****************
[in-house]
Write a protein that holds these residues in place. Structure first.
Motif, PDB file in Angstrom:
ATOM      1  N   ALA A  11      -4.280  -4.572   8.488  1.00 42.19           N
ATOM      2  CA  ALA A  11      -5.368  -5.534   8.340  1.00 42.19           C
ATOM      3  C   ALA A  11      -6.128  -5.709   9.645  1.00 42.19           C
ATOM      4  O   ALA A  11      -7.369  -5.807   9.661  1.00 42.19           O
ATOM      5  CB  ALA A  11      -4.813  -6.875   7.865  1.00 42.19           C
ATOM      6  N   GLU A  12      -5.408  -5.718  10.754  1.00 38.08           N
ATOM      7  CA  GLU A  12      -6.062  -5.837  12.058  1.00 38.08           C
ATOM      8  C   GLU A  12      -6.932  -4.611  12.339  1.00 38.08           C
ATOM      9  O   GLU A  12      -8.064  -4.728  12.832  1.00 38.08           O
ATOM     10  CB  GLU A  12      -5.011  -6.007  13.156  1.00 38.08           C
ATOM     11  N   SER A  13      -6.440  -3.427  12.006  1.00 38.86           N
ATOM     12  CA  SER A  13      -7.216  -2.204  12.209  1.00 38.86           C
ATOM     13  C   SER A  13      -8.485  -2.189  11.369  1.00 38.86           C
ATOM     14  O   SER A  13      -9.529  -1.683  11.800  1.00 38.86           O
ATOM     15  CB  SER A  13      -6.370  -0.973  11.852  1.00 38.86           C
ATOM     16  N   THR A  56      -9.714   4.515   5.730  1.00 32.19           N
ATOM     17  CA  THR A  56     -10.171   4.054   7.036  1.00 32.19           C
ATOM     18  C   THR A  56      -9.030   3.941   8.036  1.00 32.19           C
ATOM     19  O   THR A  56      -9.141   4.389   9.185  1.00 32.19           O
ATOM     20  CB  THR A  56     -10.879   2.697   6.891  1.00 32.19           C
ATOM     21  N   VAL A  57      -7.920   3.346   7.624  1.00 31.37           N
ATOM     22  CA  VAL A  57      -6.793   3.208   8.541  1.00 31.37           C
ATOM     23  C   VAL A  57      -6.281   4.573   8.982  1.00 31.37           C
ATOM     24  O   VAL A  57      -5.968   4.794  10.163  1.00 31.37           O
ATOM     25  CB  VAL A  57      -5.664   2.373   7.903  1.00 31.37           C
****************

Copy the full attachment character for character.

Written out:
[in-house]
Write a protein that holds these residues in place. Structure first.
Motif, PDB file in Angstrom:
ATOM      1  N   ALA A  11      -4.280  -4.572   8.488  1.00 42.19           N
ATOM      2  CA  ALA A  11      -5.368  -5.534   8.340  1.00 42.19           C
ATOM      3  C   ALA A  11      -6.128  -5.709   9.645  1.00 42.19           C
ATOM      4  O   ALA A  11      -7.369  -5.807   9.661  1.00 42.19           O
ATOM      5  CB  ALA A  11      -4.813  -6.875   7.865  1.00 42.19           C
ATOM      6  N   GLU A  12      -5.408  -5.718  10.754  1.00 38.08           N
ATOM      7  CA  GLU A  12      -6.062  -5.837  12.058  1.00 38.08           C
ATOM      8  C   GLU A  12      -6.932  -4.611  12.339  1.00 38.08           C
ATOM      9  O   GLU A  12      -8.064  -4.728  12.832  1.00 38.08           O
ATOM     10  CB  GLU A  12      -5.011  -6.007  13.156  1.00 38.08           C
ATOM     11  N   SER A  13      -6.440  -3.427  12.006  1.00 38.86           N
ATOM     12  CA  SER A  13      -7.216  -2.204  12.209  1.00 38.86           C
ATOM     13  C   SER A  13      -8.485  -2.189  11.369  1.00 38.86           C
ATOM     14  O   SER A  13      -9.529  -1.683  11.800  1.00 38.86           O
ATOM     15  CB  SER A  13      -6.370  -0.973  11.852  1.00 38.86           C
ATOM     16  N   THR A  56      -9.714   4.515   5.730  1.00 32.19           N
ATOM     17  CA  THR A  56     -10.171   4.054   7.036  1.00 32.19           C
ATOM     18  C   THR A  56      -9.030   3.941   8.036  1.00 32.19           C
ATOM     19  O   THR A  56      -9.141   4.389   9.185  1.00 32.19           O
ATOM     20  CB  THR A  56     -10.879   2.697   6.891  1.00 32.19           C
ATOM     21  N   VAL A  57      -7.920   3.346   7.624  1.00 31.37           N
ATOM     22  CA  VAL A  57      -6.793   3.208   8.541  1.00 31.37           C
ATOM     23  C   VAL A  57      -6.281   4.573   8.982  1.00 31.37           C
ATOM     24  O   VAL A  57      -5.968   4.794  10.163  1.00 31.37           O
ATOM     25  CB  VAL A  57      -5.664   2.373   7.903  1.00 31.37           C